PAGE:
Amid huge competition, your best chance of standing out from every other job hunter is to do something no one else but you can do: tell your own professional story. You do this through your resume, and by elaborating on your resume in the course of your interviews.
Often, job hunters know their own stories so well that they assume incorrectly that others do also. Or, they feel that by simply conveying the nature of the jobs they have had, others will understand what they have done and what successes they have achieved. Just the opposite is true: You need to spoon-feed your story to those who will evaluate you at every step along the way.
Typically, corporate human resources staffers are expected to find great candidates for 20 or more different jobs at any one time. If 100 candidates apply for each of these jobs, and each of them submit a two-page resume, this equates to a mountain of 4,000 pages (or eight full reams of paper) to read each week.
With such volume, the resume reader easily discerns fluff from stock language. Decorative lines, artwork, logos, or other embellishments convey no substance and are regarded as a nuisance. Can you imagine hearing the groans a few cubicles away when pages crammed with single-spaced eight-point type, narrow margins, and dense text confront the bifocal-wearing resume reader?
Resume readers can't possibly fill in any blanks, or assume that you have done anything in particular. They look for people who have already done what needs to be done. And, they look for people to explain how they have done it. They look for good, solid, easy to understand stories.
Here is your challenge: Think of each bullet point as a different episode, and each job as a different chapter in your story. Great storytellers and resume writers both convey the flavor of a scene by deftly building an image in the reader's mind, detail by detail.
Today, employers look for a clear career path, dates, and meaningful specifics that relate what you have done. The most accepted format for each bullet point is conveyed with the acronym STAR, which stands for situation, task, action, and result:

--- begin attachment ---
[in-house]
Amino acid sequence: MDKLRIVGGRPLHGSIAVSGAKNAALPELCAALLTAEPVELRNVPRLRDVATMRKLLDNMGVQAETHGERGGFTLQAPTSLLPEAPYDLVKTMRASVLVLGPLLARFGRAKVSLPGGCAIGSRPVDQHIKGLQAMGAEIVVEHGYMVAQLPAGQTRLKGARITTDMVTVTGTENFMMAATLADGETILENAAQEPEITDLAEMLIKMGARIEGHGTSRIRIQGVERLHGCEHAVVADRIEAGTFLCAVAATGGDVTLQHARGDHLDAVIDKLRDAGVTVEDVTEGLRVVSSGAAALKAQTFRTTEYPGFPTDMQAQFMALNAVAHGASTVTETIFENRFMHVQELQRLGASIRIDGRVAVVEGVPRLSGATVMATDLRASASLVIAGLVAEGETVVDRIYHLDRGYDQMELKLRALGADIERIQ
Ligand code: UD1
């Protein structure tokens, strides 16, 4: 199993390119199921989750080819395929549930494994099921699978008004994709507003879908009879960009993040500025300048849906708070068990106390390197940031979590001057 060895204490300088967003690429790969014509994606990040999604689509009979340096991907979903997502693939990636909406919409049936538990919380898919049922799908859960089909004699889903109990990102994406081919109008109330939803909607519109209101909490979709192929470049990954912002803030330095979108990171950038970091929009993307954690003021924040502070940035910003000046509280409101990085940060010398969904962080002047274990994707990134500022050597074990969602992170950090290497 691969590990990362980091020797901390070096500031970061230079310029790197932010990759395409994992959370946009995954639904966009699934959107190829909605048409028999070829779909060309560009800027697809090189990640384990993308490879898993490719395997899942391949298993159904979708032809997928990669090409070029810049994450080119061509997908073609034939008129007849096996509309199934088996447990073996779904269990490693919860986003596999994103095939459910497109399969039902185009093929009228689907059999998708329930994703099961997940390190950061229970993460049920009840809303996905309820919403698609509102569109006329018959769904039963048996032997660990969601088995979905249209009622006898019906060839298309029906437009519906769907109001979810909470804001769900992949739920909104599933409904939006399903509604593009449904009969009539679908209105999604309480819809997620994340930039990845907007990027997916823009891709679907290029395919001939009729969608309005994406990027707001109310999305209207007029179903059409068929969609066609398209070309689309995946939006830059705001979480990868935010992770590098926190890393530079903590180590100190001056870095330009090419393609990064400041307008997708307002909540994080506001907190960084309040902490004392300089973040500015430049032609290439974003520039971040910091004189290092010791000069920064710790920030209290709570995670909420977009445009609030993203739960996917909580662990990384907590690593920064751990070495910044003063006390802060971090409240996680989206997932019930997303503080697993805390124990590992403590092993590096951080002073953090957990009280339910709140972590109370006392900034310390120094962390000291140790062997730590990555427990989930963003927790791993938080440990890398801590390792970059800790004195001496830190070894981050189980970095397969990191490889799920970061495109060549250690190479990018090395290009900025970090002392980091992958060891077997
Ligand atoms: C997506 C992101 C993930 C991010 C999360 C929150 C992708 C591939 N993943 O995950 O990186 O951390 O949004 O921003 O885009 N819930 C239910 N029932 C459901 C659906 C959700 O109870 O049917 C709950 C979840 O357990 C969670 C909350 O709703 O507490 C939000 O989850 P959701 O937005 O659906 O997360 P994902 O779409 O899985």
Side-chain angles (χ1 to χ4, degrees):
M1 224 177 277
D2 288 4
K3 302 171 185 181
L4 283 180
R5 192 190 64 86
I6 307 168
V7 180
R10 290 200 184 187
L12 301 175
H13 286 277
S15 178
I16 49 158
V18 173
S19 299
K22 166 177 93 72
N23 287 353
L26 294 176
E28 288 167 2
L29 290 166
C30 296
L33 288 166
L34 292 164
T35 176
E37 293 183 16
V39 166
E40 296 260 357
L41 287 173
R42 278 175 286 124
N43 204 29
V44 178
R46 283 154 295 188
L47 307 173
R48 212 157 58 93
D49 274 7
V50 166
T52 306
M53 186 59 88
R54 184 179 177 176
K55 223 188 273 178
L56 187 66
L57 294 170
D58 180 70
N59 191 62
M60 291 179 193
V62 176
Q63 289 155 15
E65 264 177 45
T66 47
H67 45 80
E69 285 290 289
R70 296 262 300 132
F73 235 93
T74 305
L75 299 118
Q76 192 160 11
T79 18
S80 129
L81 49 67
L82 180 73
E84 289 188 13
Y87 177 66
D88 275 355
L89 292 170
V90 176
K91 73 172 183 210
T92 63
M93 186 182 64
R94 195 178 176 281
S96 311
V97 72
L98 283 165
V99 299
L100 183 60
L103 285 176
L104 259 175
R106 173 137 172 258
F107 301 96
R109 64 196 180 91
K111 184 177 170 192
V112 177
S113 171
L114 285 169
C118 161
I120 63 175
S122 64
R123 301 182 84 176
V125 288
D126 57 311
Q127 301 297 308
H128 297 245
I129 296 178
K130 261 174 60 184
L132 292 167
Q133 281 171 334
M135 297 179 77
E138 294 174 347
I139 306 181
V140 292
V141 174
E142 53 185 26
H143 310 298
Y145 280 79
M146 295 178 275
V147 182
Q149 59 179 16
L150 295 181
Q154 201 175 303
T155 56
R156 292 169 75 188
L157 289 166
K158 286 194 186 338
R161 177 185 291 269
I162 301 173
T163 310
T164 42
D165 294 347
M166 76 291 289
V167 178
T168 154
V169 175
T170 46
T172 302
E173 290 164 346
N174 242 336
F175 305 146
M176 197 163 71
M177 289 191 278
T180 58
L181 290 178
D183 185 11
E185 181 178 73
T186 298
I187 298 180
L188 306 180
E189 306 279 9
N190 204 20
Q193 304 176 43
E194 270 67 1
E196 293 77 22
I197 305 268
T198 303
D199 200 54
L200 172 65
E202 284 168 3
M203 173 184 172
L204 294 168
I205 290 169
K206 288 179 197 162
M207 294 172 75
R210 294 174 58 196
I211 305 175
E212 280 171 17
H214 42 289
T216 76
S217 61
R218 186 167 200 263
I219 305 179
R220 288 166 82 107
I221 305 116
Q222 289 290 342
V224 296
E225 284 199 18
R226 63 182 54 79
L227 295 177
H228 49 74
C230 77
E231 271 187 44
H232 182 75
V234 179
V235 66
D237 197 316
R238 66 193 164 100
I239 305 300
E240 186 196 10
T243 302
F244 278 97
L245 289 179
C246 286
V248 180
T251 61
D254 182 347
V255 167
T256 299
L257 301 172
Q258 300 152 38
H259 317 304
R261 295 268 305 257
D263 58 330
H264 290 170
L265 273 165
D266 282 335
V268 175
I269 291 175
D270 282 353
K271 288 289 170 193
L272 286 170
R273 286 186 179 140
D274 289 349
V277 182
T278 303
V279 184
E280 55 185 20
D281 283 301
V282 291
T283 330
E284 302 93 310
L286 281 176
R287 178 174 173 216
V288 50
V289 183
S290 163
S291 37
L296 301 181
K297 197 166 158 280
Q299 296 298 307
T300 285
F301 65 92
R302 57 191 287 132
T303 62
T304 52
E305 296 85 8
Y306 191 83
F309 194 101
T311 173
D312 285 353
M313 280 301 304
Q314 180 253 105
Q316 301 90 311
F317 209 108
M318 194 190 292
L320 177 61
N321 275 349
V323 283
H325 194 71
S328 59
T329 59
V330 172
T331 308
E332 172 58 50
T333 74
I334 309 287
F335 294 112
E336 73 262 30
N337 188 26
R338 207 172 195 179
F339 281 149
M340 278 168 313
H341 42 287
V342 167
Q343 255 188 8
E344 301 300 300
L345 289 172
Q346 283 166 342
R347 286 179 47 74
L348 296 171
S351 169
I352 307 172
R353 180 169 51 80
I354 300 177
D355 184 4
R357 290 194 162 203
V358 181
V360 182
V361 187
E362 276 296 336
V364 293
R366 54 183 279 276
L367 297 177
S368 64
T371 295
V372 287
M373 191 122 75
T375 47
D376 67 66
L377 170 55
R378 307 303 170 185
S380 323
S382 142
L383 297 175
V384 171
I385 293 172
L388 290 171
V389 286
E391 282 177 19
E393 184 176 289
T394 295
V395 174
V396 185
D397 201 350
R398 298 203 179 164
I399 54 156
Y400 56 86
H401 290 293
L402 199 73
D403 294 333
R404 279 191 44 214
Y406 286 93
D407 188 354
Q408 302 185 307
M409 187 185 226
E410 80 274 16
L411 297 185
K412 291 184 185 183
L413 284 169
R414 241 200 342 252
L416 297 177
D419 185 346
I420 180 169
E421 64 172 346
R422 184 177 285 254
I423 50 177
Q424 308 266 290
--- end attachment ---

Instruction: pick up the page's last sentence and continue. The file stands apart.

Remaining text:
1. Situation. Describe the context and the nature of a problem or issue you and/or your group faced.
2. Task. Share what needed to be done.
3. Action. Relate what you actually did. Here you can weave into your resume what skills you applied to the task, along with a time frame, and other details that make up the heart of the story. How did you contribute to your team's effort?
4. Result. Recount what changed because of your actions. Did profits or productivity rise? Were obstacles cleared? Were costs contained or decreased? Were the jobs of others made easier? Were your company's products or services somehow improved? Were you recognized for your role?
There are many books, online articles, and YouTube videos that delve into the details of how to incorporate these four critical storytelling elements into your resume. They are the stock in trade of resume writers because they work. When you make it easy for the employer to understand what you have done, you give them the information they need to appropriately compare your experience with that of others. Moreover, you set the stage for the questions you will be asked in today's popular behavioral interviews. Each point in your resume can become the basis of an interview question. And then you have the opportunity to tell your story in even greater detail.
Arnie Fertig is the head coach of JOBHUNTERCOACH.COM, where he utilizes his extensive background in HR Staffing and as owner of a recruiting company to help mid-career job-hunters land their next job. Arnie provides one-to-one coaching services to individuals throughout the U.S. in all aspects of the job hunt, including: resume writing, personal branding, utilizing social media, enhancing networking skills, preparing for interviews, and negotiating compensation.